A Neuroscientific Look at Speaking in Tongues


#1

November 7, 2006
A Neuroscientific Look at Speaking in Tongues


 The passionate, sometimes rhythmic, language-like patter that pours forth  from religious people who “speak in tongues” reflects a state of mental  possession, many of them say. Now they have some neuroscience to back them  up.

Researchers at the University of Pennsylvania took brain images of five women while they spoke in tongues and found that their frontal lobes — the thinking, willful part of the brain through which people control what they do — were relatively quiet, as were the language centers. The regions involved in maintaining self-consciousness were active. The women were not in blind trances, and it was unclear which region was driving the behavior.


#2

There are tribesman who dance and fast so that they can listen to their deities. I am not being disrespectful of people who speak in tongues, but I do wonder if their is a correlation between such tribesman and those who speak in tongues.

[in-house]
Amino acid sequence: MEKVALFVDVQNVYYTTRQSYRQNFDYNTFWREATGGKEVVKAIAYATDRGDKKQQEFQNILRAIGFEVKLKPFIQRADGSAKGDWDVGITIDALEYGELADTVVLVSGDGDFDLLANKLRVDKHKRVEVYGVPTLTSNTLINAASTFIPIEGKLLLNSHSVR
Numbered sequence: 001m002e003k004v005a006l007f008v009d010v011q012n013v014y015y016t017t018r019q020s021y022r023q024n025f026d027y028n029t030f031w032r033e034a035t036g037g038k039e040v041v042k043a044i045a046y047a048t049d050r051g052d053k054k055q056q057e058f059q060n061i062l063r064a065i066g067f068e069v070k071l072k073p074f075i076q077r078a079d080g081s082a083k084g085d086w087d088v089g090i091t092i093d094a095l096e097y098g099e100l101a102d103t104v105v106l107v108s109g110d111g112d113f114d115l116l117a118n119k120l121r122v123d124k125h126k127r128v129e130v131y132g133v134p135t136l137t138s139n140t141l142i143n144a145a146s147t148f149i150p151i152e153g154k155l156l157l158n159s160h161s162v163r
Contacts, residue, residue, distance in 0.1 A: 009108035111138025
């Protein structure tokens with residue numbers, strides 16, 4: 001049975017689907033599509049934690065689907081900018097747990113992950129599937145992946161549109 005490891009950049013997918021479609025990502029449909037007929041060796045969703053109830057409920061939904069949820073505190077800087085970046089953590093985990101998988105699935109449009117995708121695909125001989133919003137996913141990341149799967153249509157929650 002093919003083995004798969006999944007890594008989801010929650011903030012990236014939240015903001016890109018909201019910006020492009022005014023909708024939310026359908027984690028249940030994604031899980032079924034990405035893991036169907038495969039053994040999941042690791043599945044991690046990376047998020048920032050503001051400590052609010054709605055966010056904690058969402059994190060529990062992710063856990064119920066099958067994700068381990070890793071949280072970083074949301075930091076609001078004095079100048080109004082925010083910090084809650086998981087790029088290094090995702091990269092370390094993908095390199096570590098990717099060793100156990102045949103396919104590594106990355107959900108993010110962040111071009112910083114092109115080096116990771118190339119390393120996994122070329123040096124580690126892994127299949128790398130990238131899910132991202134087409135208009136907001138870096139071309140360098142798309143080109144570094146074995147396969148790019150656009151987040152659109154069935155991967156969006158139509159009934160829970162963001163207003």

I attended Pentecostal services. The music was very emotional but repetitious. It sort of reminded me of tribal music.


#3

So you’re saying that music is one way to contact the divine?


#4

The divine or the diabolical - in every situation you have to be careful to test WHO it is you’re contacting!


#5

I was just commenting that Pentecostal services that I attended remind me of tribal cultures that are sometimes depicted on documentaries. I mean by that both groups seem to be trying to drive themselves into reaching an emotional high. I wonder if the study would find something similar in both groups of people.

I don’t know if Pentecostals are hooking into the divine or not. That wasn’t what I was trying to say, although I probably just said it all badly anyway.


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